2
$\begingroup$

Let $\mathbf{w}(t)$ be the trajectory of a moving charge. Let the observation event be $(\mathbf{r},t)$.

The scalar potential is:

$$\varphi = \frac{q}{4\pi\epsilon_0}\int \frac{\delta\left(\mathbf{r'} - \mathbf{w}\left(t - \frac{|\mathbf{r} - \mathbf{r'}|}{c}\right)\right)}{|\mathbf{r'}-\mathbf{r}|} \mathrm d^3\mathbf{r'}$$

It can be shown that at most only ONE event on the trajectory of the charge produces the potential at the observation event. This is the event $(\mathbf{w}(t_r),t_r)$, where $t_r$ is such that $|\mathbf{r}-\mathbf{w}(t_r)| = c(t-t_r)$.

Because the delta function is 0 apart from at one point, it seems to make sense that $\mathbf{w}(t_r)$ must be the point that it picks out. Is it then legitimate to write the scalar potential as:

$$\varphi = \frac{q}{4\pi\epsilon_0|\mathbf{r} - \mathbf{w}(t_r)|}\int \delta\left(\mathbf{r'} - \mathbf{w}\left(t - \frac{|\mathbf{r} - \mathbf{r'}|}{c}\right)\right) \mathrm d^3\mathbf{r'}\;?$$

If not, why not? And what is the best way to calculate the remaining delta function integral?

$\endgroup$
  • $\begingroup$ It is hard to see whether this is valid without calculation. You can calculate the original integral using substitution $\mathbf y = \mathbf r' - \mathbf w(t-\frac{|\mathbf r-\mathbf r'|}{c})$ (this involves calculating Jacobi matrix and its determinant). $\endgroup$ – Ján Lalinský Sep 10 '15 at 19:23
3
$\begingroup$

The general rule (see the "Composition with a function" section of the Wikipedia article on Dirac delta functions) is (for suitably well-defined functions):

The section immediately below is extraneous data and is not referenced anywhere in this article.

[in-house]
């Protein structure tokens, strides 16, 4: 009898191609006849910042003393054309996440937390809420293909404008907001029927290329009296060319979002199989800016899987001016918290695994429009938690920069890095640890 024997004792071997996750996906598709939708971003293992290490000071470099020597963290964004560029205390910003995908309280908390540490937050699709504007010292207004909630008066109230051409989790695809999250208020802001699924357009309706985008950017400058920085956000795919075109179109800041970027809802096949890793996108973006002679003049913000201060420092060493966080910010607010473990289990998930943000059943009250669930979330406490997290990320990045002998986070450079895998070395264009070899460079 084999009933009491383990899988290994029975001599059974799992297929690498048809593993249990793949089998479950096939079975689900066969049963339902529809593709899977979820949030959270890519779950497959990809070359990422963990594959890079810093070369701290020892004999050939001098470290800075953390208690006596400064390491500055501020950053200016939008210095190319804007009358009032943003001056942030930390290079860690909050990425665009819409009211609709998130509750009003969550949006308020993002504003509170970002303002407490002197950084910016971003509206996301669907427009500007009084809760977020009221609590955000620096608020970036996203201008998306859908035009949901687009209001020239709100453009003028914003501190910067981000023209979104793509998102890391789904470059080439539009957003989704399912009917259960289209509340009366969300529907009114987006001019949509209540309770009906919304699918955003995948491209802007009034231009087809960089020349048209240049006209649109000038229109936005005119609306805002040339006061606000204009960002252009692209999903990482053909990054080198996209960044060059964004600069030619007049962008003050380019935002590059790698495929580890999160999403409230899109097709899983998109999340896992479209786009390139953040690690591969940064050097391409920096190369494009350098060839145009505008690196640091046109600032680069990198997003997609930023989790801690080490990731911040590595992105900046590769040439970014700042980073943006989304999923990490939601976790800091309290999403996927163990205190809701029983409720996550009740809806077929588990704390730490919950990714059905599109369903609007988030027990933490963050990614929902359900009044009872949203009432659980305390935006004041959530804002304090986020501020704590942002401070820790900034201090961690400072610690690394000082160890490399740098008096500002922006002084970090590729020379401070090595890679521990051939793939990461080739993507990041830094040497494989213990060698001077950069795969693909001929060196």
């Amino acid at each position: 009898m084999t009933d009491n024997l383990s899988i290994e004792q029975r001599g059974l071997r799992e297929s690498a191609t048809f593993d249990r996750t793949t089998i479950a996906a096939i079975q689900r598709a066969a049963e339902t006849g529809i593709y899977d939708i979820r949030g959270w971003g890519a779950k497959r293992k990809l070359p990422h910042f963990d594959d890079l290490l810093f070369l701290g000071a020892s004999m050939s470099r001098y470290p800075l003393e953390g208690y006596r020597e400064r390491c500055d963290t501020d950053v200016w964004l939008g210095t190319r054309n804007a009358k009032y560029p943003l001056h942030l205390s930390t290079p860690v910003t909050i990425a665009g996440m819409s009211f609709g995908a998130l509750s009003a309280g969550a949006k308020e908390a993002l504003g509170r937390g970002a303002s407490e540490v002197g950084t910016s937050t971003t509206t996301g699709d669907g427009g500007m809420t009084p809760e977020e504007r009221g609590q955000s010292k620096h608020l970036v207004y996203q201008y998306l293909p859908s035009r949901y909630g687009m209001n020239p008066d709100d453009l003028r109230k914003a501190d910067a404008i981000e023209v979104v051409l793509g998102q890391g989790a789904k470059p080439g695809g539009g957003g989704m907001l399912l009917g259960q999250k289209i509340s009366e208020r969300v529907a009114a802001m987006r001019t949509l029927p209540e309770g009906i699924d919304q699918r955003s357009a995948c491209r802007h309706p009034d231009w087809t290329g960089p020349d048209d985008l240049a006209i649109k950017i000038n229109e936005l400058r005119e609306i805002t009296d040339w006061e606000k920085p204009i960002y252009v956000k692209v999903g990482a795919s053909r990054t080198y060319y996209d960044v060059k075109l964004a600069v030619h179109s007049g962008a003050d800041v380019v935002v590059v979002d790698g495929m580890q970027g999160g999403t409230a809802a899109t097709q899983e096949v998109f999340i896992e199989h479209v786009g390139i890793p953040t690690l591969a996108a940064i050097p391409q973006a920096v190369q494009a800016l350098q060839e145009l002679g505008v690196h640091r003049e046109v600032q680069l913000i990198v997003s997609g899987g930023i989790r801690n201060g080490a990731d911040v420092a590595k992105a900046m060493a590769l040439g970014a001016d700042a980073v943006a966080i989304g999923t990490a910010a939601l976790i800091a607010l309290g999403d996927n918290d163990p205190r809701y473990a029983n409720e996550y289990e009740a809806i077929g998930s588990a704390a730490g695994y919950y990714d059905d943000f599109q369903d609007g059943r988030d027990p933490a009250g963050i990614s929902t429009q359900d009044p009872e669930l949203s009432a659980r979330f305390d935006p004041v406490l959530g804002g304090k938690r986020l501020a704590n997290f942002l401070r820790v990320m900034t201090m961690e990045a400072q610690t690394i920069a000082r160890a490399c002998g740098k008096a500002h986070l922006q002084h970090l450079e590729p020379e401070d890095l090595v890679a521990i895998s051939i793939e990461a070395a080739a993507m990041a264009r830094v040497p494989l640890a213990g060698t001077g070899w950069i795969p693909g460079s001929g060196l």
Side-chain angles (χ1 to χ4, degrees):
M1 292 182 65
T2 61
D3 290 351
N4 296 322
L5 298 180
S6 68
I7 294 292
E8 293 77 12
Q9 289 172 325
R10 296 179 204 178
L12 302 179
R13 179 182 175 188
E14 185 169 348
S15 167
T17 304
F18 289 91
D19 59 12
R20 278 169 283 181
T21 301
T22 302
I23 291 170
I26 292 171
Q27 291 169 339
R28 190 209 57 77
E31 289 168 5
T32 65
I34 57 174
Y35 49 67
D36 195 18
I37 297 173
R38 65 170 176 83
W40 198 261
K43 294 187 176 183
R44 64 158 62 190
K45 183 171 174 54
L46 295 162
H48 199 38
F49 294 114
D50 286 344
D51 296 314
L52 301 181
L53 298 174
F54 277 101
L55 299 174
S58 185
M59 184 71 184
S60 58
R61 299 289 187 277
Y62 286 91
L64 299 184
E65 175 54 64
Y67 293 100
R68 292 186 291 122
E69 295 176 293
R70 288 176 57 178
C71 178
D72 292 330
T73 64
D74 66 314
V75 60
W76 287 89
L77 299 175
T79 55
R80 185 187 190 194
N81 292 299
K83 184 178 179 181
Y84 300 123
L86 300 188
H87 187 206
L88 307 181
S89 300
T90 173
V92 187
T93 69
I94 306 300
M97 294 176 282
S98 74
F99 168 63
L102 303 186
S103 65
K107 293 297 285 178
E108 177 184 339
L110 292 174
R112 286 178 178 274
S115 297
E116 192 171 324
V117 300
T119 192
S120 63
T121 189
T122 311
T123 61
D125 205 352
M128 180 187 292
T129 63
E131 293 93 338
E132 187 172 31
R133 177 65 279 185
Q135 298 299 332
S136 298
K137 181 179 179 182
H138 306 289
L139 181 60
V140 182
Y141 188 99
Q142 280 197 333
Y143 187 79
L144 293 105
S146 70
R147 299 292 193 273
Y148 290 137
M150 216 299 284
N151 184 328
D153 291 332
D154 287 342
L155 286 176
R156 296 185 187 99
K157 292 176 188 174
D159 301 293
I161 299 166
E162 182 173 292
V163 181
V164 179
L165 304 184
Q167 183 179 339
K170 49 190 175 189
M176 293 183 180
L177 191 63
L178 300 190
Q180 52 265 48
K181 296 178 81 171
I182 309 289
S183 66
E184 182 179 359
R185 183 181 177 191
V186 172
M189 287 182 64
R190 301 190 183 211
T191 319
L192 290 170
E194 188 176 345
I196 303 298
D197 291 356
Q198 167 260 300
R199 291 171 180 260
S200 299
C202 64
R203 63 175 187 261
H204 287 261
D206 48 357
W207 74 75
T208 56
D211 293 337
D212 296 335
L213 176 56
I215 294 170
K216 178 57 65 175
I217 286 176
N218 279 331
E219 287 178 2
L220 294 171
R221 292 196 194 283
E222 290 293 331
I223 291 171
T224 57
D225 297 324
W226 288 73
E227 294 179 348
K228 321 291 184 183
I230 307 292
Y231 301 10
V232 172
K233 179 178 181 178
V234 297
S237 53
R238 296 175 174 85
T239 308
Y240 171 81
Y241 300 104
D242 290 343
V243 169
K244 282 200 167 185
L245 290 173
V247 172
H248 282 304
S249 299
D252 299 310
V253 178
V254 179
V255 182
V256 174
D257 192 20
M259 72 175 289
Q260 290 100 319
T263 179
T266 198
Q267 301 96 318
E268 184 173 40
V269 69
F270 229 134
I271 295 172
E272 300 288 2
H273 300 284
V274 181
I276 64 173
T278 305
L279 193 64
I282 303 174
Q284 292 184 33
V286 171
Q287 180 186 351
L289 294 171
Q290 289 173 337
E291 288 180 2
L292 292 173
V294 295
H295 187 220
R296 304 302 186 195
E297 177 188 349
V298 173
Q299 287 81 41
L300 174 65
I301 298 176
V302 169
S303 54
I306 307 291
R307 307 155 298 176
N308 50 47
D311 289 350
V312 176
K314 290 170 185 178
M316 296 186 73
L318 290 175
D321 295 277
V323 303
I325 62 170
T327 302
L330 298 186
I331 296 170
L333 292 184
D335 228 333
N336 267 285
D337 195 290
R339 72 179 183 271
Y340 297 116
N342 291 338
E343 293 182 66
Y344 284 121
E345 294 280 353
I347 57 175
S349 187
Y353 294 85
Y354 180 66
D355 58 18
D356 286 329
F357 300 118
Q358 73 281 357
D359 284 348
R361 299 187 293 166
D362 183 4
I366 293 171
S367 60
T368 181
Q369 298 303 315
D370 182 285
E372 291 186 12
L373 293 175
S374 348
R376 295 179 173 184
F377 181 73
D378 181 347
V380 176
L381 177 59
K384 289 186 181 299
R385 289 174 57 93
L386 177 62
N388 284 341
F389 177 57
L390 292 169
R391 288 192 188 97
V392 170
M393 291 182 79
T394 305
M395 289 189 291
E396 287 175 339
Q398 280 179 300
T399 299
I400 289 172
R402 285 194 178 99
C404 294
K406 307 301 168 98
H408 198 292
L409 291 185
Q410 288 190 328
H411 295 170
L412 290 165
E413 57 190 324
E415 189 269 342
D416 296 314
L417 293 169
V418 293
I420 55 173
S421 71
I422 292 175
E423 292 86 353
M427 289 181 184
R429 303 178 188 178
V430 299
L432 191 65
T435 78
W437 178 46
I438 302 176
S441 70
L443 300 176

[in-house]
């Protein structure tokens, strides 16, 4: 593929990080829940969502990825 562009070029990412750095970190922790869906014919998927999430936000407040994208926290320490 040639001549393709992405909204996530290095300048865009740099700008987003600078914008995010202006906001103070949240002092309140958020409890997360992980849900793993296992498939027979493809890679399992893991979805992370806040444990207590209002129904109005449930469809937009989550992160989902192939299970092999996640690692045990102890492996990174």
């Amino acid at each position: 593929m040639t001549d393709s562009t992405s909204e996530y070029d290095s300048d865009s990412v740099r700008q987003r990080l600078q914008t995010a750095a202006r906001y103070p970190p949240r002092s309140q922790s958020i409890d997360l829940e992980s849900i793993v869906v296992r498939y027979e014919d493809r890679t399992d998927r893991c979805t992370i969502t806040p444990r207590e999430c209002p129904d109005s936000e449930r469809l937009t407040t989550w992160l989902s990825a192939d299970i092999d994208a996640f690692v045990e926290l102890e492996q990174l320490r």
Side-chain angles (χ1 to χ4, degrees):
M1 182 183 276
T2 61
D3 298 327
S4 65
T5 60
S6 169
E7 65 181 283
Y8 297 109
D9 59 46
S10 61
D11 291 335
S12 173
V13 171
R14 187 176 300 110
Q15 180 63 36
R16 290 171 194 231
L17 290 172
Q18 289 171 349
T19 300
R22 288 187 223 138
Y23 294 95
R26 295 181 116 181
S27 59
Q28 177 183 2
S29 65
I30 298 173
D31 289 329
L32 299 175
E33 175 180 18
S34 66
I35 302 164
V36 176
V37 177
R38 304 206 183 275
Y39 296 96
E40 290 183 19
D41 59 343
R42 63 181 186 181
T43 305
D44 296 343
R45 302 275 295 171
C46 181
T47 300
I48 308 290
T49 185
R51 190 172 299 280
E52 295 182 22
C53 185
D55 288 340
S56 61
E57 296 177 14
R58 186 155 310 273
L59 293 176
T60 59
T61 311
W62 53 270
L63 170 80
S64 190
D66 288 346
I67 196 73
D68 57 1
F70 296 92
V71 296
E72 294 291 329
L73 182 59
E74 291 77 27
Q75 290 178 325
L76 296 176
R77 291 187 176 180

\begin{equation*} \int_{-\infty}^\infty {\mathrm dx \, f(x)\, \delta(g(x))} = \sum_i {\frac{f(x_i)}{|g'(x_i)|} } \end{equation*}

where $x_i$ are the roots of $g(x)$, so your "extraction" is justified.

One way to apply this result to the 3-dimensional delta function is to choose the axes so that 1) the particle is moving along the $x$-axis with velocity $v$ at time $t_r$ (e.g. $\boldsymbol{w}(t)=(a+vt,0,0)$ near time $t_r$), and 2) the observation point is at $\boldsymbol{r}=(0,y,0)$. Then:

\begin{align*} \int {\mathrm dx' \,\mathrm dy' \, \mathrm dz' \, \delta^3} &= \int {\mathrm dx' \, \mathrm dy' \, \mathrm dz' \, \delta \left(x' - a - v(t-|\boldsymbol{r-r'}|/c)\right)\, \delta(y')\, \delta(z')} \\ &= \int {\mathrm dx' \, \mathrm dy' \, \mathrm dz' \, \delta \left(x' - a - vt + (v/c) \sqrt{x'^2 + (y-y')^2 + z'^2} \right) \,\, \delta(y') \, \delta(z')} \\ &= \int {\mathrm dx' \, \delta \left(x' - a - vt + (v/c) \sqrt{x'^2 + y^2} \right)} \\ &= \int {\mathrm dx' \, \frac{\delta \left(x'- (a+vt_r)\right)}{1+\frac{v}{c}\frac{x'}{\sqrt{x'^2+y^2}}}} \\ &= \frac{1}{1-\boldsymbol{\beta \cdot n}} \end{align*}

where $\boldsymbol{\beta}=\boldsymbol{v}/c$ and $\boldsymbol{n}$ is the unit vector $\boldsymbol{n}= \frac{\boldsymbol{r-w}}{|\boldsymbol{r-w}|}$, evaluated at time $t_r$.

$\endgroup$

Your Answer

By clicking “Post Your Answer”, you agree to our terms of service, privacy policy and cookie policy

Not the answer you're looking for? Browse other questions tagged or ask your own question.